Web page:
- Description: A small flexible scope with a camera mounted on the end (sigmoidoscope) is inserted into the rectum and guided up the colon examining the lower portion of the colon. Specimens can be taken of the colonic lining at the time of the study. A doctor (or sometimes a nurse) performs the test with the assistance of a nurse in a doctor’s office, endoscopy center, or hospital. The Gastroenterologist interprets the results. If specimens are obtained, a Pathologist interprets the results. The test takes 10-30 minutes to perform.
- Discomfort – There is mild to moderate discomfort associated with passage of the scope and having air put into the colon.
- Results – The Gastroenterologist’s interpretation is available immediately; 2-3 days for results from tissue samples obtained.
- Risks of Test – The main complication is perforation of the colon (1 in 5,000-7,000). Other potential complications include bleeding or infection.
- Other Names – Flex sig, flexible sigmoidoscopy.
Indications for the Test
- Colorectal cancer screening – To identify polyps (growths that may turn into cancer) and cancer.
- To evaluate bleeding, diarrhea, or inflammatory bowel disease.
- There is a mild bowel prep to be taken at home either the evening before or the morning of the test.
- You may be advised that nothing should be consumed for 8 hours before the test, except medications as directed by your doctor.
- Aspirin, non-steroidal anti-inflammatory drugs (aspirin substitutes), blood thinners, and anticoagulants should not be taken for five days before the test to reduce the risk of bleeding.
- Some persons may be given an antibiotic before the test if there is a risk of infection associated with the test.
- You wear a hospital gown.
- The test is generally well tolerated without sedation, but sedation can be given if requested.
- While lying on your left side, the scope is guided into the colon. The doctor examines the colonic lining as it is projected to a TV monitor. Air is instilled into the colon to aid in visualization of the lining.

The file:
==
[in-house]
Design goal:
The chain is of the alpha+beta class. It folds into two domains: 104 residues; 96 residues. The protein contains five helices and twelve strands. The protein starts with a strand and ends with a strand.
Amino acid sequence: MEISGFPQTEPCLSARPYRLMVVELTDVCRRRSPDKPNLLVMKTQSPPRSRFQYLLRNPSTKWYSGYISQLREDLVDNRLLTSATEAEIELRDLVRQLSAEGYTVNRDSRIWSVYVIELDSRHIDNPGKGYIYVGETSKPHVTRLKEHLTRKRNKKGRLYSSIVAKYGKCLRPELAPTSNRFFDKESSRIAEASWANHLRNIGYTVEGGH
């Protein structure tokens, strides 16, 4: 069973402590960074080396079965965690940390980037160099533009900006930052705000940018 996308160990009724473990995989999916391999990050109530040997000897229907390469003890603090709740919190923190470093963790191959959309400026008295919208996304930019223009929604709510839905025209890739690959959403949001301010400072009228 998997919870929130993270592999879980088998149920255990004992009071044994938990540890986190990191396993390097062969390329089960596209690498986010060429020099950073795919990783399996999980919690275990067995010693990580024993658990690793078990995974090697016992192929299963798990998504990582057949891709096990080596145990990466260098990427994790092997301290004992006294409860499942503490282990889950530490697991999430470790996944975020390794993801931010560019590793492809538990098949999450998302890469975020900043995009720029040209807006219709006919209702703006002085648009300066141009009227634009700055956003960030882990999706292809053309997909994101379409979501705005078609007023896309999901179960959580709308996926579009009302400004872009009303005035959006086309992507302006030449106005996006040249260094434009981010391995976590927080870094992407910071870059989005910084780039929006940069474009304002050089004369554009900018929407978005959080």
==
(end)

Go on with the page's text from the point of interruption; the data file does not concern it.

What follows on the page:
- If indicated by the findings, the doctor can take tissue samples, treat sites that are bleeding, or remove polyps (growths).
- During the test, you may have discomfort related to a feeling of distention. Breathing slowly and deeply can usually relieve this discomfort.
After the Procedure
- You are free to dress and leave.
- You will pass the air instilled into the colon after the test.
- Notify your doctor immediately if significant pain or bleeding occurs after the test.
Factors Affecting Results
- An inadequate bowel prep can limit the ability to examine the colonic lining.
- Some may find the test too uncomfortable to allow completion.
- The presence of significant diverticulosis (small pockets or out-pouchings in the colonic wall) can limit the ability to pass the scope.
- A direct examination of the colonic lining is possible.
- Tissue specimens can be obtained if indicated.
- Minimal preparation and no sedation are required.
- The test can be uncomfortable for some.
- The test does not allow for the examination of the entire colon (as in colonoscopy).
Frequently Asked Questions
- Do I take my blood pressure medicine before the test? Yes.
- I take blood thinners. What do I do? Do not take blood thinners for four days prior to the test.
- I’m on dialysis. Are there any special instructions? Drink Colyte prep instead of Fleets the night before the test.
- My test is scheduled for late afternoon. Can I eat something prior to the test? No, just clear liquids up until 4 hours prior to the test.
- I’m a diabetic. Do I take my normal amount of insulin? Take ½ of your normal dosage the night before the test. Do not take insulin the morning of the test. If you take oral medication for your diabetes, do not take your medication the morning of the test.
- Can I take aspirin prior to the test? Do not take aspirin 4 days prior to the test.
- Can I take iron? Do not take iron 4 days prior to the test.
- Can I take my heart medicine? Yes, take as normal.